Muhammad Hanif, author of ‘A case of exploding mangoes’ had the audience roaring with laughter with his satirical comments and readings from ‘Zameer ki adalat’, a book that recounts Jam Saqi’s trial by the army. Hanif also read from the works of Najm Hussain Syed, ‘Lahore shehar da wasi’. Ilona Yusuf, a Polish poet raised in Lahore and currently residing in Islamabad, shared her love affair with writing and the motivation that compelled her to pick up her pen again and again. She then read a plethora of snippets from various writers, from Iftikhar Arif to Faiz Ahmed Faiz’s ‘Yeh daagh daagh ujala’, which had the audience mesmerised by her eloquence, despite her claims of not being well-versed in Urdu. Musharraf Ali Farooqi recalled his experience of translating ‘Dastan-e-Ameer Hamza’. The audience also heard Afzal M Syed’s poem ‘Buner Street’, a poem that recalled the horrific incident of the beheading of a woman artist in Swat. To lighten the grim atmosphere Haseena Moin talked about her inspiration in life, the legendary writer Quratulain Haider, reading bits from her ‘Gardish-e-rang-e-chaman’.
The last guest of the evening was Fehmida Riaz, one of Pakistan’s legendary writers, whose name needs no introduction. Fehmida recalled her life in exile, her struggle and her resistance against the establishment. A journey down history lane paid tribute to Pakistan’s legendary writers, Manto, Jalib and Faiz. Fehmida Riaz laid emphasis on the need for highlighting the role of writers throughout history. Their resistance will be an inspiration to the youth of today, she said, as we fight against adverse circumstances. Fehmida also recalled her experience of translating Jalaluddin Rumi. This was a time when people were not judged on the basis of religion, when humanity wasn’t bound by sectarian allegiances and when frank intellectual discussion wasn’t equated with blasphemy. This was a stimulating discussion that involved all the listeners. The message seemed to have got through loud and clear when someone from the audience read Baba Bulleh Shah’s ‘Aik alif’. That night we went home with our minds filled with stories of struggles against the dense and dangerous establishment that still rules the roost in Pakistan. We were filled with admiration for those who stood against all odds and fought for justice. For men like Manto who wrote “Toba Tek Singh” in a mental asylum, for Jalib who declaimed his poems publicly against dictators and suffered for it.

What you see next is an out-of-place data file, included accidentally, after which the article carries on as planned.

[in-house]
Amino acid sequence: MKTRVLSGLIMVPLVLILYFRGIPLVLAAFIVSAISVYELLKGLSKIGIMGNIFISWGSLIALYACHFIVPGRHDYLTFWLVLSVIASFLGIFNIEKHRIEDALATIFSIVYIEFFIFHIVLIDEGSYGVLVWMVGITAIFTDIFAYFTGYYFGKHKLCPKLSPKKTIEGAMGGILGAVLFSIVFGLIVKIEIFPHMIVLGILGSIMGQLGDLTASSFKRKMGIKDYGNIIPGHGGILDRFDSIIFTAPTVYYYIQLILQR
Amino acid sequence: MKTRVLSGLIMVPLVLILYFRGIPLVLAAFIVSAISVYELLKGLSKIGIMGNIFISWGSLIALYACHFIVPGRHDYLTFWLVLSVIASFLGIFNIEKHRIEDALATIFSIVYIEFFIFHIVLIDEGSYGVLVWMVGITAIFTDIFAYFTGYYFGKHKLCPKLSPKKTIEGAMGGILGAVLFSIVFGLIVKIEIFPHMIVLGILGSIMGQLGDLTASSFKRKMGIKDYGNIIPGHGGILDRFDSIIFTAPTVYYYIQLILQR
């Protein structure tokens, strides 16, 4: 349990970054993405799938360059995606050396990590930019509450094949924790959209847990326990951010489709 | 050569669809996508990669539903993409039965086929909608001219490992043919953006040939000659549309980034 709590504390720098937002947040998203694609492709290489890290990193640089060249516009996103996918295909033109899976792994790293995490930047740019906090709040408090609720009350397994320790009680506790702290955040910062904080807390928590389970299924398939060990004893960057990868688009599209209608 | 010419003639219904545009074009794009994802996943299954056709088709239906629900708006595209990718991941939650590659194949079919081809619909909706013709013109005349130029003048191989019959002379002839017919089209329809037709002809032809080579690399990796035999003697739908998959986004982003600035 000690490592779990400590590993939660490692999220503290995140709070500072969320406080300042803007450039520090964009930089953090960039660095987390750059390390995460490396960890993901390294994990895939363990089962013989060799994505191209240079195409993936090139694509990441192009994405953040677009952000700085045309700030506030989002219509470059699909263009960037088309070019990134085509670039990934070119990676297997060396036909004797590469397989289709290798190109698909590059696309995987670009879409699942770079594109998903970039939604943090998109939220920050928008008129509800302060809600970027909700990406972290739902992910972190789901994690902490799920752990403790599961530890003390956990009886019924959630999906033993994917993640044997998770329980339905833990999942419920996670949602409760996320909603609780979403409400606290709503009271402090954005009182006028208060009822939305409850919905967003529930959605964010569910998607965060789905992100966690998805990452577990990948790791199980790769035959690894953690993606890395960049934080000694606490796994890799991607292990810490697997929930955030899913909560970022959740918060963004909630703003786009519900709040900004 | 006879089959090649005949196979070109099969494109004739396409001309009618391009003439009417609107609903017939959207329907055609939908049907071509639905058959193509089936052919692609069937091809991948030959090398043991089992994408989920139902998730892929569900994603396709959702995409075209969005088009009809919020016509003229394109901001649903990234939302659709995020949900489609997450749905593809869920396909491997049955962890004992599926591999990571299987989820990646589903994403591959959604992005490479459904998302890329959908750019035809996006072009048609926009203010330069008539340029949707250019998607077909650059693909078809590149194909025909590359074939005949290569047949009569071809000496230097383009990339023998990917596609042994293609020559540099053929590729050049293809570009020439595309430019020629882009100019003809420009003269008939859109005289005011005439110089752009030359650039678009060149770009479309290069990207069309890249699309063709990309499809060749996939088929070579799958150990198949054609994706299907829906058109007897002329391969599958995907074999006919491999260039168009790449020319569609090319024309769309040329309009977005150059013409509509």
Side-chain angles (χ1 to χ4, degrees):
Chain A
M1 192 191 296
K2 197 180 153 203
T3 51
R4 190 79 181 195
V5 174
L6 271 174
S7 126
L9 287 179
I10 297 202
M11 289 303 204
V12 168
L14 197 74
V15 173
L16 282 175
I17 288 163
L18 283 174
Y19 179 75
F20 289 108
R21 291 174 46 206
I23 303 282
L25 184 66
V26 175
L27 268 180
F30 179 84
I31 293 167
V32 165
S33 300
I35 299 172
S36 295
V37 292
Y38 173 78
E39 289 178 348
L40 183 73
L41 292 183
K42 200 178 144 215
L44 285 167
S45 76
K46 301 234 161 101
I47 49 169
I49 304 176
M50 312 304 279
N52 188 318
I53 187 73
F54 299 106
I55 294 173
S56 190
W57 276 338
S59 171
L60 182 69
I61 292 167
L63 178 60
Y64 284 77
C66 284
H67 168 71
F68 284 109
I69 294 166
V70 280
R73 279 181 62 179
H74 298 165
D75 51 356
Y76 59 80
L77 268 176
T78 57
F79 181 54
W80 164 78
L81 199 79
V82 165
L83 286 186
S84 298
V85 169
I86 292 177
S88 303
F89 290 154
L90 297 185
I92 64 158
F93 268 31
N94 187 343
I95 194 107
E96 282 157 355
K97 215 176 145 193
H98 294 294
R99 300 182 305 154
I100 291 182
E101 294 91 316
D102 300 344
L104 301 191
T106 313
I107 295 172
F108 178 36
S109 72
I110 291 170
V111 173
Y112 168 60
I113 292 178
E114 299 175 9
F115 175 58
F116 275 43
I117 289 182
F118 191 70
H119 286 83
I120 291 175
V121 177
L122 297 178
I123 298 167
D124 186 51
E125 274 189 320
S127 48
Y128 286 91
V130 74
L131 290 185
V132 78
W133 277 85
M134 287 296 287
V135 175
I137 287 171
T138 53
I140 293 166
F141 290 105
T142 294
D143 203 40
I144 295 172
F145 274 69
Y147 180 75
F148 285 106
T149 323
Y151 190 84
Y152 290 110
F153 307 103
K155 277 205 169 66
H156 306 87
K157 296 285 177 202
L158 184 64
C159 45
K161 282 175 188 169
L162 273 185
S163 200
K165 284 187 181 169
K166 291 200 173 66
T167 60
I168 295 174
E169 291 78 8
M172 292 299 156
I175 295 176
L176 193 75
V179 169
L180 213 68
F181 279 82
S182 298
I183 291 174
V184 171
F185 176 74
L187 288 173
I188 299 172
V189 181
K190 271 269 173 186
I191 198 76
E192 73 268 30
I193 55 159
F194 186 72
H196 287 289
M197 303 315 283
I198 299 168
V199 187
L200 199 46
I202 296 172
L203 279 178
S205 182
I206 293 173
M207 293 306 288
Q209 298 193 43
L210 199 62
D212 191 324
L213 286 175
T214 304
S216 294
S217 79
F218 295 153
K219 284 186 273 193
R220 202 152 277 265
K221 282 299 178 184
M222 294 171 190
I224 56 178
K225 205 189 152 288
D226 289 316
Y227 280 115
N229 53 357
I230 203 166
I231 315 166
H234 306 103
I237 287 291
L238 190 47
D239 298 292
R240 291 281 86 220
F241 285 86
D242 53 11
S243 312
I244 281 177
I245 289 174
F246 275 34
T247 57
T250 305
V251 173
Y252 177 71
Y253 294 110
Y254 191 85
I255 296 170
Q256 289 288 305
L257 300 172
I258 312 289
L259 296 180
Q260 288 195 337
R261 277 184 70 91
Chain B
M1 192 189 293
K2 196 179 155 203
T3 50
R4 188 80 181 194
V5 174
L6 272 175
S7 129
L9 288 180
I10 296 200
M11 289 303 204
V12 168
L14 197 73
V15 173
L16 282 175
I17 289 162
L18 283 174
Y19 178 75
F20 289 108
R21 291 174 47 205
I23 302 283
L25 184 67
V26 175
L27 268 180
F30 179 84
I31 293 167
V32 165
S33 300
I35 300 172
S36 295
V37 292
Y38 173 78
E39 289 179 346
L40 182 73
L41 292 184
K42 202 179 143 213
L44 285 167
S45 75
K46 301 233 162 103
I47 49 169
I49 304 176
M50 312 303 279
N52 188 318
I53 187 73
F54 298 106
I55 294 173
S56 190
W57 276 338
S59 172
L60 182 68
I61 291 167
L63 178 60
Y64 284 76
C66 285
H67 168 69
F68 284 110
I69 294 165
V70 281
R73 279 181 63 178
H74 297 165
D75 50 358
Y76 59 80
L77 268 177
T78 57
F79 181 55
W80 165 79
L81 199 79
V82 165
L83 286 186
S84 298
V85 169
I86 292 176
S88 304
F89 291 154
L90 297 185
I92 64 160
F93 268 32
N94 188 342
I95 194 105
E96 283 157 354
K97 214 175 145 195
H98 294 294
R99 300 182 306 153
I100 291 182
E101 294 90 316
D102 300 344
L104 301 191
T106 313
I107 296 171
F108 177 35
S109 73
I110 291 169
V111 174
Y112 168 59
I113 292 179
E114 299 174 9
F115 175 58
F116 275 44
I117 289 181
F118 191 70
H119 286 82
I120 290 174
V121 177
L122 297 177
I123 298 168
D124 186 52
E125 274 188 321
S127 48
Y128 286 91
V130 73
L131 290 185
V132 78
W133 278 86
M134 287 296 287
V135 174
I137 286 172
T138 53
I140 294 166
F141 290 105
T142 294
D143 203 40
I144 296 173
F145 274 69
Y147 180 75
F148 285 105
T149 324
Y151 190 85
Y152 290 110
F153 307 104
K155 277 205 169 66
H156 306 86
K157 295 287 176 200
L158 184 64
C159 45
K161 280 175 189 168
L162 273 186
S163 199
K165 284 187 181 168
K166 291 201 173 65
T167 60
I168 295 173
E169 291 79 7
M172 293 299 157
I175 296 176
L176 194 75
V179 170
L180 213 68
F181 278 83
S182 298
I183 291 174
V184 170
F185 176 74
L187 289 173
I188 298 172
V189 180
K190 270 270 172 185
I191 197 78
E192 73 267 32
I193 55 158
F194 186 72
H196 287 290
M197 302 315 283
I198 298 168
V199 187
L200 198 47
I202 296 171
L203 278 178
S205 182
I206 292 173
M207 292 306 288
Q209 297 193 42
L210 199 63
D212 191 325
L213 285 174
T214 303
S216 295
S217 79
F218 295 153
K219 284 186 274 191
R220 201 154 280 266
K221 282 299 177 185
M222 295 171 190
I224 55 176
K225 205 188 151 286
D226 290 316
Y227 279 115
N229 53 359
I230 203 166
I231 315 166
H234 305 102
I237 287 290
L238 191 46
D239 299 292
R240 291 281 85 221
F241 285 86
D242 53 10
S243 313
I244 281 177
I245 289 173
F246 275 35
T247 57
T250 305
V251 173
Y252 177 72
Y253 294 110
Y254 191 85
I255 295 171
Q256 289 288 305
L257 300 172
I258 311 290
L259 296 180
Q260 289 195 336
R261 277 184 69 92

It’s worth a mention that the fear of terrorism and disruption did not prevent people from flocking to this invigorating exhibition. There was a sort of defiance in the air – it was as if by showing up people were saying we will resist the demons
of violence and madness. We will not let narrow-minded dictators decide for us who we are and how we should be living. “Shanaakht” was a step forward in rehabilitating our culture and regaining our identity, which has been marred and manipulated by the military and its acolytes for decades. We need to embrace diversity and not try and enforce uniformity, and we must embrace our multiple identities, not striving for a singular one that brings in its wake violence and bigotry.
“Shaanaakht” took us back in time to a different era, a time when the military had not yet consolidated its power in Pakistan. It is a time we must hang on to, rejoice in, remember and strive for again. The festival included a breathtaking performance by the band Laal, with exceptional compositions based on the works of Faiz Ahmed Faiz and Habib Jalib. The festival ended with a Raag and Roll Music Jam session featuring Noori, Fuzon, Aunty Disco Project, Taal Karisma and Laal, followed by the screening of Armaan (1966) featuring the dreamboat, “chocolate hero” Waheed Murad.